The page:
• Saving money. Buying local and/or organic CAN be cheaper than buying conventional produce and meats. Granted, it won’t ALWAYS be cheaper, but it is possible. In season produce is always cheaper than produce that’s out of season and transported from afar, so buy in season, buy lots and preserve it. Local food also cuts out the middle man, meaning extraneous food costs can be avoided. But even if local food costs the same amount as conventional, it’s cheaper in the long run. After all, we haven’t yet begun to pay for the costs of industrial farming, such as water pollution, air pollution, and burned-out soil that are associated with conventional products.


  • Animal cruelty. In order to maximize profit, industrial agriculture is at odds with the well-being of the animals they’re raising. They’re kept in close quarters, fed foods they’re not designed to eat and force fed. Living a life they’re not meant to, they get sick and are given unhealthy doses of antibiotics. But some practices are truly revolting, such as cutting off pig’s tails, feeding cows beef lard or de-beaking chickens. Even those that aren’t overly concerned with providing animals with a happy, healthy life should know that when an animal is subject to stress and pain, it is more prone to disease and can produce lower quality meat, milk, or eggs.
  • Fixing a broken system. The Farm Bill is a mess, controlled by powerful lobbies at the expense of growers and our health as a nation, and corn is usually the main crop cited as a problem. Between 1995 and 2006, corn growers received $56 billion in federal subsidies, and the annual figure may soon hit $10 billion. This keeps prices artificially low, creates low-grade corn fed to animals or made into unhealthy products, and is made into high-fructose corn syrup. Eating local circumvents that system, makes a statement to government and supports farmers that would fail under the current system.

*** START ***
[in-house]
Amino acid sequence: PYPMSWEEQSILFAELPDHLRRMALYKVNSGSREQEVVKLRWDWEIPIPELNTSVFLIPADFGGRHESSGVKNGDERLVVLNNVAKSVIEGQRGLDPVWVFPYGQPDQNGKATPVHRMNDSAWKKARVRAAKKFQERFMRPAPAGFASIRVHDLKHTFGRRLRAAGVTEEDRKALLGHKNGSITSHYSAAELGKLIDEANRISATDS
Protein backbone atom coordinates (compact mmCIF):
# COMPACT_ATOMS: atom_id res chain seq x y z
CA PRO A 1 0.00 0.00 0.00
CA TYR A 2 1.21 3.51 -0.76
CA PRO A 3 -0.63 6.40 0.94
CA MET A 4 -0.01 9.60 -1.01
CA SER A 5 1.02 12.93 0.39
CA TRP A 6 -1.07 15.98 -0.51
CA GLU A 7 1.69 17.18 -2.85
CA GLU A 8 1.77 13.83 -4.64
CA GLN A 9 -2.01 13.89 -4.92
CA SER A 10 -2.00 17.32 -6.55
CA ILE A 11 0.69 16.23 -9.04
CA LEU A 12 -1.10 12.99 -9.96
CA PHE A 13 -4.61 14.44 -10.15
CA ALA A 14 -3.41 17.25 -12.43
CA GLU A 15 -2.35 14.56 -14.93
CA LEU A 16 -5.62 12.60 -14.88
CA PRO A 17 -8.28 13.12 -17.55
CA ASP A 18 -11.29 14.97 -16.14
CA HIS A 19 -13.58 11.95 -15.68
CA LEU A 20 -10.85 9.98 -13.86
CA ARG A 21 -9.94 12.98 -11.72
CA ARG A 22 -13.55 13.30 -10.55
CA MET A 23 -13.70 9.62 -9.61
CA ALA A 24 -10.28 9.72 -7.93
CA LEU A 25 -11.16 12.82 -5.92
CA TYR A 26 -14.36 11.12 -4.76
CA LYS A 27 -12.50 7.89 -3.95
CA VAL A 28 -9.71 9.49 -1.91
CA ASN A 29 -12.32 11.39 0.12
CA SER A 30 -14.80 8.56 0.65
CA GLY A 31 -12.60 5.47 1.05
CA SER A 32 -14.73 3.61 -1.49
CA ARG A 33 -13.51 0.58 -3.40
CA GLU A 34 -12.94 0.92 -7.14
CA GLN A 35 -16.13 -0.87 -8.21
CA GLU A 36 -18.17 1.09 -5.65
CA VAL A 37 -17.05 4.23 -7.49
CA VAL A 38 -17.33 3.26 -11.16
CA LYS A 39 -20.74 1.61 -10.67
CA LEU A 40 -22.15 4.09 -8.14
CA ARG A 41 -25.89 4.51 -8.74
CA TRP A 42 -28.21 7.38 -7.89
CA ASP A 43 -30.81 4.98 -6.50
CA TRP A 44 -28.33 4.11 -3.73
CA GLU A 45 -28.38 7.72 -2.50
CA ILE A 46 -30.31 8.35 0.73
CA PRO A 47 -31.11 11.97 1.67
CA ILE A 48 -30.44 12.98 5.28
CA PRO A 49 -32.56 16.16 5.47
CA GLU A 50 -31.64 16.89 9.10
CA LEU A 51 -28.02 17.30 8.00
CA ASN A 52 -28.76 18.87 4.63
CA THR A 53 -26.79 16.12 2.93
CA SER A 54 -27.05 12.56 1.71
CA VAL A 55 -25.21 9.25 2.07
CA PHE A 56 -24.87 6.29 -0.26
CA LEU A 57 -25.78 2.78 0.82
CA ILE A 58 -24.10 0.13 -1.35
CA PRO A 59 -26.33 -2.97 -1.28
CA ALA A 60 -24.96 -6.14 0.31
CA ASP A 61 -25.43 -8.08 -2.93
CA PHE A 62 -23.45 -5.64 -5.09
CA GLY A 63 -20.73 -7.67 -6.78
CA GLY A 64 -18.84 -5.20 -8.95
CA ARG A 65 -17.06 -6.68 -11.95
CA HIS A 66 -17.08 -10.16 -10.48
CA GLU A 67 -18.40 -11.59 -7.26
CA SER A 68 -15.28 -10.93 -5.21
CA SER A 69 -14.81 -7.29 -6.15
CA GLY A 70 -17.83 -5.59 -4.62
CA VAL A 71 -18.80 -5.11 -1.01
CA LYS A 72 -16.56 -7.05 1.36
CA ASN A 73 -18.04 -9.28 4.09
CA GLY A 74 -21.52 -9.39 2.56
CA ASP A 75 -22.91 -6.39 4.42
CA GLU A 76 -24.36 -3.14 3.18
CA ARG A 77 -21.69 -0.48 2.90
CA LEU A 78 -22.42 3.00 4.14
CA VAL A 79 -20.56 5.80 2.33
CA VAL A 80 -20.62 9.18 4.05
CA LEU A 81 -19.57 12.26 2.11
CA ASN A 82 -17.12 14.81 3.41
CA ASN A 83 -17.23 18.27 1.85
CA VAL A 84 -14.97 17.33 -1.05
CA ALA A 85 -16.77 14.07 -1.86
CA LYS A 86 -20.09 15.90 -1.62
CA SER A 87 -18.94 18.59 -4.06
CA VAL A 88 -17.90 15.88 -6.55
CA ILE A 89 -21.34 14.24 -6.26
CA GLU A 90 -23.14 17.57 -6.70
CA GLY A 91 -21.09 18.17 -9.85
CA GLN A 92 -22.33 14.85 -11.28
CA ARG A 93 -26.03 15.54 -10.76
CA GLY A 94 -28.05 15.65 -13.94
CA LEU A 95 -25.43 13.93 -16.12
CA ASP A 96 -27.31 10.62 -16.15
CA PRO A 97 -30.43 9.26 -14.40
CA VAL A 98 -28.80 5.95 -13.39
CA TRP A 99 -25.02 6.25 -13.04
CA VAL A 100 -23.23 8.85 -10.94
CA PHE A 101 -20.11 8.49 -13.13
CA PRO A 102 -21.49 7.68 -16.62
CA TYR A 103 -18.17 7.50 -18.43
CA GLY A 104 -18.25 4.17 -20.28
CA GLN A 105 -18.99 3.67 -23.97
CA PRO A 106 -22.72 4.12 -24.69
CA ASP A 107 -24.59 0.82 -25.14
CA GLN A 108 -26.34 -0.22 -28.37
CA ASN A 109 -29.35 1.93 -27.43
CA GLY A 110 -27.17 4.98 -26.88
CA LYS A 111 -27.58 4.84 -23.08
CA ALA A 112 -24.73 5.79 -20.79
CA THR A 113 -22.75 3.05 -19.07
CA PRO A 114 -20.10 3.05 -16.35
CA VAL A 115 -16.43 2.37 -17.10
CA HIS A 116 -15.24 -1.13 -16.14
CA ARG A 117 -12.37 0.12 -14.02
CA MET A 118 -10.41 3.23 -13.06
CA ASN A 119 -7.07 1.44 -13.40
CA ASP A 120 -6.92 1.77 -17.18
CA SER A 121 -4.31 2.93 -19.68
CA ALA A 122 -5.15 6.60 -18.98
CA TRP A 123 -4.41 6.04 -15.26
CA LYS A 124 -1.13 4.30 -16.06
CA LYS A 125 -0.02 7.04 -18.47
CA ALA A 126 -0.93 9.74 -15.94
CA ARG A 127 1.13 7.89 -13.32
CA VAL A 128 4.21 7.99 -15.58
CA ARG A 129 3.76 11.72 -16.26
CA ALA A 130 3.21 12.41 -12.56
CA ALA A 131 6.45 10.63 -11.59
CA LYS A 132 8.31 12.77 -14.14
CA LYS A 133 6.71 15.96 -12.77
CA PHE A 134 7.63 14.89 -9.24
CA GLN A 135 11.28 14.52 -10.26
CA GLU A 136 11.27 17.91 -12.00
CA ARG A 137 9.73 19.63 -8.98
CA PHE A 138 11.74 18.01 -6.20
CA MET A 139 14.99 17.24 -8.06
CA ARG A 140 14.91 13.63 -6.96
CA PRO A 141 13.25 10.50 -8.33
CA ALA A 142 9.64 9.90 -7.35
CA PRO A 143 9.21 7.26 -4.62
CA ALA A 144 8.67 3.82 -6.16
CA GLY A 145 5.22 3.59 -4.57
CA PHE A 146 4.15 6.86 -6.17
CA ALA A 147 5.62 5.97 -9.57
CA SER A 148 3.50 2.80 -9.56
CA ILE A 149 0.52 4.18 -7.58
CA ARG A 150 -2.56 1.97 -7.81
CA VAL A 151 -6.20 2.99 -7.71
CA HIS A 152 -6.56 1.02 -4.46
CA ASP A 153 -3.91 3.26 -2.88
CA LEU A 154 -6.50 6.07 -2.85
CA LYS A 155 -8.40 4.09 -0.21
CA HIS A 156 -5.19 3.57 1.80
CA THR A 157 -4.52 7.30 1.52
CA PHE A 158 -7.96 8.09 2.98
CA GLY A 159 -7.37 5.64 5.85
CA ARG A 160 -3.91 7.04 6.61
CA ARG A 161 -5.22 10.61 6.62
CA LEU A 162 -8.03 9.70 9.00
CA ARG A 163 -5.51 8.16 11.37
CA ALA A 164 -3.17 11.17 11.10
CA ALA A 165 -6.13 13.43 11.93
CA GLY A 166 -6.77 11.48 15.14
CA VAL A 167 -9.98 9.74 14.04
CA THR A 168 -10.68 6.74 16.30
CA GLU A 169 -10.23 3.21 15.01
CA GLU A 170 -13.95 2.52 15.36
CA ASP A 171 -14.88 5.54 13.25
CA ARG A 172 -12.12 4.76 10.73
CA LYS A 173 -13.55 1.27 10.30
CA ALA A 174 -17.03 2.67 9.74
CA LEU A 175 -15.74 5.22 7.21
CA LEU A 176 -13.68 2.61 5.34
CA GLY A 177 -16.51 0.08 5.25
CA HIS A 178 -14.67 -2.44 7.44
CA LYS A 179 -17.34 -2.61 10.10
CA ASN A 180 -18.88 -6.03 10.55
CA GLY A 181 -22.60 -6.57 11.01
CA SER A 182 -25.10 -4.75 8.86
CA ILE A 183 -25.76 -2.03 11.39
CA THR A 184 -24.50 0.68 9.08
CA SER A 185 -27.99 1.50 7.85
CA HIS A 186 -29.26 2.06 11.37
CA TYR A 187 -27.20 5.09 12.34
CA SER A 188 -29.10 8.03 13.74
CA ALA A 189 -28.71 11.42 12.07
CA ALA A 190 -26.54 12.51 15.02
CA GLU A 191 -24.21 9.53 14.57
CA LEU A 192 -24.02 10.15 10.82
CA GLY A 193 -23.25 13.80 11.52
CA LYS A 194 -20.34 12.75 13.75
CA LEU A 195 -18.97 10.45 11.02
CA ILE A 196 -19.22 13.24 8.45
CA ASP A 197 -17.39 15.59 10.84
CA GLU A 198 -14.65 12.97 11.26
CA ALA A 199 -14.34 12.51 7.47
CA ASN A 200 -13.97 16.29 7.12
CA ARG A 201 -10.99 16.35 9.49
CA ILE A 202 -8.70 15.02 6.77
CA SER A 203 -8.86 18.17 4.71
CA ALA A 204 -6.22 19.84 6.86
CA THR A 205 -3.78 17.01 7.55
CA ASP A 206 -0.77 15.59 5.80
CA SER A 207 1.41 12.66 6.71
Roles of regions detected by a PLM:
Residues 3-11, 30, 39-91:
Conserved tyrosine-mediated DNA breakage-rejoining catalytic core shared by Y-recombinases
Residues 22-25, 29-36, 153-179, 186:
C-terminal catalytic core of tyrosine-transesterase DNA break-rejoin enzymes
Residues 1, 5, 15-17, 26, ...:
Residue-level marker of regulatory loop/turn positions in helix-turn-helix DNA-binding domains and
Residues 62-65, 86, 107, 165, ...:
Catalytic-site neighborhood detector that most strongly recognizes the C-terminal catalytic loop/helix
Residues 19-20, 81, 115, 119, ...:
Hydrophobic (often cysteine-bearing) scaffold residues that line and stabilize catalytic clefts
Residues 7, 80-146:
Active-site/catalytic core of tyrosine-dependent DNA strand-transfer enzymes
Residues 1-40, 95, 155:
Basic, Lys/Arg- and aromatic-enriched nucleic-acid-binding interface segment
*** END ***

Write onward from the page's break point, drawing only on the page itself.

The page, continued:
Obviously, there are lots of reasons people choose to eat locally, and the more you research the subject, the more it makes perfect sense to change your habits in the local direction. The best thing to do is learn more about the subject and make up your own mind, and here are a few good places to start. (Only the basics here. More suggestions welcome, email kate AT localdish DOT net.)

Quick-hit, shorter resources

  • The Eat Local Challenge, 10 Reasons to Eat Local Food
  • The Sustainable Table, What is Local?
  • The New York Times, Mountains of Corn and a Sea of Farm Subsidies
  • Time Magazine, Getting Real About the High Price of Cheap Food
  • Mother Nature Network, Is buying local always better? It’s complicated
  • The Chicago Tribune, The green movement rethinks the way we cook
  • Colorado Springs Independent, Local buying: different from local shopping
  • Colorado Springs Independent, The corporate co-opt of ‘local’
  • Organic is more nutritious according to the French
  • The Nation’s series, Food For All: How to Grow Democracy
  • TruthDig, Food Is Power and the Powerful Are Poisoning Us

Longer, in-depth resources